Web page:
36% of the claims alleged improper management or treatment of the patient. This deals with the hospitalist’s decision making for care after a diagnosis was made.
11% of the claims were related to medication errors. These medication mistakes led to serious conditions like sepsis (a system-wide blood infection) or loss of infected limbs from a lack of antibiotics, respiratory failure from excessive doses of narcotics, and toxicity resulting from the failure to monitor medications.
In addition, the insurance company study identified hospitalist-related issues that were present in many claims.
First, patient assessment issues. Hospitalists often fail to establish a differential diagnosis and fail or delay in ordering diagnostic tests. The differential diagnosis process is fundamental to all types of medical practice. It involves assessing the patient and making a list of every reasonable condition, disease, or illness that could explain the patient’s signs and symptoms. Then the doctor uses diagnostic tests and assessments to rule in or rule out each potential diagnosis, starting with the most dangerous one.
Second is communication among healthcare providers. In the reviewed claims, there was a trend in allegations that hospitalists did not share important information with other healthcare providers.
Third, selection and management of therapy. Hospitalists were frequently accused of mismanaged pneumonia, asthma, infections, sepsis, cardiac arrhythmias, heart attack, and traumatic injuries.
Fourth is communication between patients/family members and hospitalists. Many claims alleged that hospitalists had poor rapport with patients, language barriers, and inadequate medication instructions.
Lastly, failure to obtain a consult or referral. Based on the claims reviewed, many hospitalists were alleged of failing to recognize the need for bringing in a medical specialist to help with the patient. In other words, hospitalists felt that they could manage patients on their own without assistance.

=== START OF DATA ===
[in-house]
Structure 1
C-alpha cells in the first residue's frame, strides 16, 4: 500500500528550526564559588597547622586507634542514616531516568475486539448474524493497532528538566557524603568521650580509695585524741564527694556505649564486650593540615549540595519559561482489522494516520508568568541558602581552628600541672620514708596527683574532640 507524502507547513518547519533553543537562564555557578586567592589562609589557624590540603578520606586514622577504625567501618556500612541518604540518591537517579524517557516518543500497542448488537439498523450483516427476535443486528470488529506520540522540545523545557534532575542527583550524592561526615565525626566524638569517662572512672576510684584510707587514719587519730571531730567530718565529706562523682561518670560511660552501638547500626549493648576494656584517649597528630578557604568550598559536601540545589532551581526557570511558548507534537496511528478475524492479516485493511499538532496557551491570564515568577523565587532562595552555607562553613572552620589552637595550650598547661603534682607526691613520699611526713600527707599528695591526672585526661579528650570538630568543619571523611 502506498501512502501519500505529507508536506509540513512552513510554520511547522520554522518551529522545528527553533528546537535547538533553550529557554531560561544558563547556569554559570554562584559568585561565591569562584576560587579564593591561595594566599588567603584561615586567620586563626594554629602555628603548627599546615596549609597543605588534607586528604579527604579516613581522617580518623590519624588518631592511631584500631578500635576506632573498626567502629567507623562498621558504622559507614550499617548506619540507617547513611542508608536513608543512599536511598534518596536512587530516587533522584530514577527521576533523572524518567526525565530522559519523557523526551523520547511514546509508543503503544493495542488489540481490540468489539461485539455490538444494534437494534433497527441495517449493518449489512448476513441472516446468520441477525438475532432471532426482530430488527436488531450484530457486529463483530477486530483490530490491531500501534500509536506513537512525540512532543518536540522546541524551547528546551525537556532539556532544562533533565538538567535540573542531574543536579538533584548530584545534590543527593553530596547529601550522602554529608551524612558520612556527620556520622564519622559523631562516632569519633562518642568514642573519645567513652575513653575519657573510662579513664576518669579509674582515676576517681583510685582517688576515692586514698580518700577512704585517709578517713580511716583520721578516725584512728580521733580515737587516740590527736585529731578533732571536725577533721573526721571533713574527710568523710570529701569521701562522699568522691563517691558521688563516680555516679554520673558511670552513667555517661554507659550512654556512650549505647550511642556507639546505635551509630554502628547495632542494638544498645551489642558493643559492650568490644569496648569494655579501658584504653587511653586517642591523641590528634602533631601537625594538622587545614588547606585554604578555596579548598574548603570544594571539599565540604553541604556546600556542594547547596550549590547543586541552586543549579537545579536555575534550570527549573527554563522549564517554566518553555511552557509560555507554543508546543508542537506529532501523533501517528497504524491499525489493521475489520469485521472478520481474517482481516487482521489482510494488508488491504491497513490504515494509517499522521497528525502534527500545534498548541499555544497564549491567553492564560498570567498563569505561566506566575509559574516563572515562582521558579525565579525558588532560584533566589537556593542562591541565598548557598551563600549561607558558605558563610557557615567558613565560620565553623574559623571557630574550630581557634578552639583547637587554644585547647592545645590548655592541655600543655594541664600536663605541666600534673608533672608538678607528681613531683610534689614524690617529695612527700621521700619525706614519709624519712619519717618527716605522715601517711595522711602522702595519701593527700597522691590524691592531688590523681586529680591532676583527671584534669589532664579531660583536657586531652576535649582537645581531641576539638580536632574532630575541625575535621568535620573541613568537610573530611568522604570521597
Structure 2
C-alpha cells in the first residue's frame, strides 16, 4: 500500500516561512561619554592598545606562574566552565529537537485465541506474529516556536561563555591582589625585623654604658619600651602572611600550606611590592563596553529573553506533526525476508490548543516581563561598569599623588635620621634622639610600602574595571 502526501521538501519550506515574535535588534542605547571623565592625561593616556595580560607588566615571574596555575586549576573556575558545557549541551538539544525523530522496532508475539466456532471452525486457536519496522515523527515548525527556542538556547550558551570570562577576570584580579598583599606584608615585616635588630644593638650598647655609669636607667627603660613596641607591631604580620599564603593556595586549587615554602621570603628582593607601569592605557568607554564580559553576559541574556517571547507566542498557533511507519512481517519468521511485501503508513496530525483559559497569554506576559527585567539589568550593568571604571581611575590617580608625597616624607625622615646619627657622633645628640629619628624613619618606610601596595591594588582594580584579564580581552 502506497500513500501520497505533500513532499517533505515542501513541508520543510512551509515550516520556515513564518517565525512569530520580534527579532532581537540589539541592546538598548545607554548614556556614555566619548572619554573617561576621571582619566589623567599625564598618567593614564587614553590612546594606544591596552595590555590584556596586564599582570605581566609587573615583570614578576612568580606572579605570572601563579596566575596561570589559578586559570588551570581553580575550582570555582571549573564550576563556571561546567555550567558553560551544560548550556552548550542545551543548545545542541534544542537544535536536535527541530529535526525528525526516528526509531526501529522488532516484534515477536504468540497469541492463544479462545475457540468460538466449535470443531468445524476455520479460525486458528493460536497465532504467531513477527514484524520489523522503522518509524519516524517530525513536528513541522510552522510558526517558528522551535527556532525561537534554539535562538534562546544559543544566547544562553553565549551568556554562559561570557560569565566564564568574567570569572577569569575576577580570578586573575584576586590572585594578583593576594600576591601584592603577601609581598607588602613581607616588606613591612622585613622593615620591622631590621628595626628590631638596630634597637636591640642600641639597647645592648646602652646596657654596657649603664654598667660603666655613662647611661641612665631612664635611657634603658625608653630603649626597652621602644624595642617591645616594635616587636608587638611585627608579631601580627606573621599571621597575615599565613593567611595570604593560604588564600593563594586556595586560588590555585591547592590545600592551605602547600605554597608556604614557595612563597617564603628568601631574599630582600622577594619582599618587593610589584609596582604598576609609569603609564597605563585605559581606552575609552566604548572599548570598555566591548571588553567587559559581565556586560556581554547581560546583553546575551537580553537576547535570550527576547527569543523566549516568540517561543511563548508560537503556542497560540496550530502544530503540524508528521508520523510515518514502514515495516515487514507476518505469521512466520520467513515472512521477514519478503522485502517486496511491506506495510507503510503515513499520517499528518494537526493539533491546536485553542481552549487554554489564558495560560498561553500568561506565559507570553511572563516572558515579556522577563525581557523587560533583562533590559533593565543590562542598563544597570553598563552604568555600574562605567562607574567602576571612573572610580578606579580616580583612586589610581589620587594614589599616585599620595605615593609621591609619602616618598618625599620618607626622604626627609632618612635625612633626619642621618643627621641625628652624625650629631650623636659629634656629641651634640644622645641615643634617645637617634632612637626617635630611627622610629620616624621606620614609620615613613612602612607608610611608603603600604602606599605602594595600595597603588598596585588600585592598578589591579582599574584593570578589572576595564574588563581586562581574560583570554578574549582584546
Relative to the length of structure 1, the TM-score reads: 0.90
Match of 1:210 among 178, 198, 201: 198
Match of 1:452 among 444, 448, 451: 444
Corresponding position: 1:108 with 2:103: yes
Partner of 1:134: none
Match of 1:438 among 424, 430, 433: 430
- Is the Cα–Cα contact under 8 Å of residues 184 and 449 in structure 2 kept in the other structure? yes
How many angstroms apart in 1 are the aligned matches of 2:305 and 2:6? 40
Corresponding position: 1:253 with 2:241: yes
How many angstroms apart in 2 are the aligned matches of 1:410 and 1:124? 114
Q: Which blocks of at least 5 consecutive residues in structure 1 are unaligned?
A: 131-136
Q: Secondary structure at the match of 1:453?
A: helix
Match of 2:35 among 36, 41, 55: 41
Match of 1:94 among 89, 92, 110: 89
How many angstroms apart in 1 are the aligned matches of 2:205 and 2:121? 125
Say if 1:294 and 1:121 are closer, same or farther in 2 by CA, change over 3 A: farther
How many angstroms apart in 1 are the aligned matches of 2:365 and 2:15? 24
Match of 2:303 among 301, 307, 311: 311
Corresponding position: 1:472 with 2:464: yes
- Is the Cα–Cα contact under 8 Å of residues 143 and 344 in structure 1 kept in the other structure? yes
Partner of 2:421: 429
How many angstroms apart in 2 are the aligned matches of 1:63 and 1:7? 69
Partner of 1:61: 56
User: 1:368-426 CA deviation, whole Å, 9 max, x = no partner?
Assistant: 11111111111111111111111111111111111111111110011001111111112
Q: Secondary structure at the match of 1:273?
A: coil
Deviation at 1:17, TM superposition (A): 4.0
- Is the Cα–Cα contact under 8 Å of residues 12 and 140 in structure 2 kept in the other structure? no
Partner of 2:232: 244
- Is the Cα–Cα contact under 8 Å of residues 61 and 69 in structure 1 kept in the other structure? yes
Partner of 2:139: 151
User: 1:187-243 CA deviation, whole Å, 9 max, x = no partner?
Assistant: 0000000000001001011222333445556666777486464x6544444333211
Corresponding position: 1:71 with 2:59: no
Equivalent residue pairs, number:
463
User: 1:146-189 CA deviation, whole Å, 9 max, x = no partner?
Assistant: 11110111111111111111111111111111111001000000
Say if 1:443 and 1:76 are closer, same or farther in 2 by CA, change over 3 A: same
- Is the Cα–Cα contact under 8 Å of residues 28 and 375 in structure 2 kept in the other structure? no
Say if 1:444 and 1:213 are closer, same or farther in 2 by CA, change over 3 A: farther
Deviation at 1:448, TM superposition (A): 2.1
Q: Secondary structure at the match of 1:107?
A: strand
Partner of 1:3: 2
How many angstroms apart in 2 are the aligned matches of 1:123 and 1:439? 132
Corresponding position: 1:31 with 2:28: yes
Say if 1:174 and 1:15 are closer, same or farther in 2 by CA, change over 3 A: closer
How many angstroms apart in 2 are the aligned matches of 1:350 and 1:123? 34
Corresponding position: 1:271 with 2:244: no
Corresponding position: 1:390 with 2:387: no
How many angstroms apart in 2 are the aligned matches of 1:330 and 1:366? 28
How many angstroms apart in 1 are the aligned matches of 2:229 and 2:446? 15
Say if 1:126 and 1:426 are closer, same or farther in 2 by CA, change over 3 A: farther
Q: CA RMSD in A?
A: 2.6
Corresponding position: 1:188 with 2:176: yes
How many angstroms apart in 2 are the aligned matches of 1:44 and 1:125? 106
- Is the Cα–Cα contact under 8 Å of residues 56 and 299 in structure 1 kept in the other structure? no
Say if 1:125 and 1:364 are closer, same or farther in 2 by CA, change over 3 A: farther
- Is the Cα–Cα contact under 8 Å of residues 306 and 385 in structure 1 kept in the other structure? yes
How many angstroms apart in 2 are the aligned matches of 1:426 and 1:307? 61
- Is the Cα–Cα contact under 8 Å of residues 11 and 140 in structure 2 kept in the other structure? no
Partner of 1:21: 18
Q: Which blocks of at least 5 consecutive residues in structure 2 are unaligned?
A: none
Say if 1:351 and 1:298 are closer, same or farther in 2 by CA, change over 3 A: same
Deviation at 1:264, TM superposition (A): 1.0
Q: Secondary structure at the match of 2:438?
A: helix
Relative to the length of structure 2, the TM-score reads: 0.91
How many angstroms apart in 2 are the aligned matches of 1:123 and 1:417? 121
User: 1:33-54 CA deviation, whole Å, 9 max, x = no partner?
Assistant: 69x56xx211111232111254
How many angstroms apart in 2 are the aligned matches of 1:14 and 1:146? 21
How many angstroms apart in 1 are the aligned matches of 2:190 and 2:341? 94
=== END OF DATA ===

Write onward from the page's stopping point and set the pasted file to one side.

In my experience as a Houston, Texas medical negligence lawyer, the study conclusions are accurate. I have filed medical malpractice lawsuits against Texas hospitalists with practically every one of the common quality of care issues addressed in the study.
We are here to help
If you or a loved one has been seriously injured by a medical malpractice, call Painter Law Firm, in Houston, Texas, at 281-580-8800, for a free consultation about your potential case.
Robert Painter is an attorney at Painter Law Firm PLLC, in Houston, Texas. He is a former hospital administrator who represents patients and family members in medical negligence and wrongful death lawsuits against hospitals, doctors, surgeons, pharmacists, and other healthcare providers. In 2017, H Texas magazine recognized him as one of Houston’s top lawyers. That same year, the Better Business Bureau recognized Painter Law Firm with its Award of Distinction.
Robert Painter is a medical malpractice lawyer at Painter Law Firm PLLC.
Learn three things that you can do to improve your prescription drug safety [...]read more
This alphabetical listing is good place to start when researching hospitals [...]read more
Learn three things that you can do to improve your prescription drug safety
Physician reveals that North Cypress Medical Center announced buy-out to its employees yesterday
This alphabetical listing is good place to start when researching hospitals
Member hospitals can access records from other member hospitals in all 50 states, Washington, DC, and five other nations
Medical journal article reports that changing operating room medication labels can prevent mix-ups